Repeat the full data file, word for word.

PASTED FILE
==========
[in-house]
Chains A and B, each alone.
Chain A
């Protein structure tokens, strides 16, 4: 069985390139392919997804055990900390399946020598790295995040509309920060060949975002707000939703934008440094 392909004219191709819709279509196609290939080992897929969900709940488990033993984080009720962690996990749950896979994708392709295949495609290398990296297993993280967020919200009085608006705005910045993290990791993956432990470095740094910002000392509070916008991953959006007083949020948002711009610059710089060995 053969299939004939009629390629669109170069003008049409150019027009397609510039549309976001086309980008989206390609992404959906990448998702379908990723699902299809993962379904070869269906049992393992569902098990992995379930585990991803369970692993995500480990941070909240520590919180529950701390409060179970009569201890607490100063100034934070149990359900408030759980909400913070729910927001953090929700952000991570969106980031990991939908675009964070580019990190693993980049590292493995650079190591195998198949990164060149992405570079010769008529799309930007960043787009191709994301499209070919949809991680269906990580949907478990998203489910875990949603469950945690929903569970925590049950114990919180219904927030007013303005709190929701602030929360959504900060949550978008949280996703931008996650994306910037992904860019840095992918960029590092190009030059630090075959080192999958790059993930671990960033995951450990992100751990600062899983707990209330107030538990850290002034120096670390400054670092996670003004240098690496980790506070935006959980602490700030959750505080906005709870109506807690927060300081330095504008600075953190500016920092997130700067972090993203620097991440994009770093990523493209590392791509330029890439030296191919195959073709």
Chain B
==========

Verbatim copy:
[in-house]
Chains A and B, each alone.
Chain A
């Protein structure tokens, strides 16, 4: 069985390139392919997804055990900390399946020598790295995040509309920060060949975002707000939703934008440094 392909004219191709819709279509196609290939080992897929969900709940488990033993984080009720962690996990749950896979994708392709295949495609290398990296297993993280967020919200009085608006705005910045993290990791993956432990470095740094910002000392509070916008991953959006007083949020948002711009610059710089060995 053969299939004939009629390629669109170069003008049409150019027009397609510039549309976001086309980008989206390609992404959906990448998702379908990723699902299809993962379904070869269906049992393992569902098990992995379930585990991803369970692993995500480990941070909240520590919180529950701390409060179970009569201890607490100063100034934070149990359900408030759980909400913070729910927001953090929700952000991570969106980031990991939908675009964070580019990190693993980049590292493995650079190591195998198949990164060149992405570079010769008529799309930007960043787009191709994301499209070919949809991680269906990580949907478990998203489910875990949603469950945690929903569970925590049950114990919180219904927030007013303005709190929701602030929360959504900060949550978008949280996703931008996650994306910037992904860019840095992918960029590092190009030059630090075959080192999958790059993930671990960033995951450990992100751990600062899983707990209330107030538990850290002034120096670390400054670092996670003004240098690496980790506070935006959980602490700030959750505080906005709870109506807690927060300081330095504008600075953190500016920092997130700067972090993203620097991440994009770093990523493209590392791509330029890439030296191919195959073709």
Chain B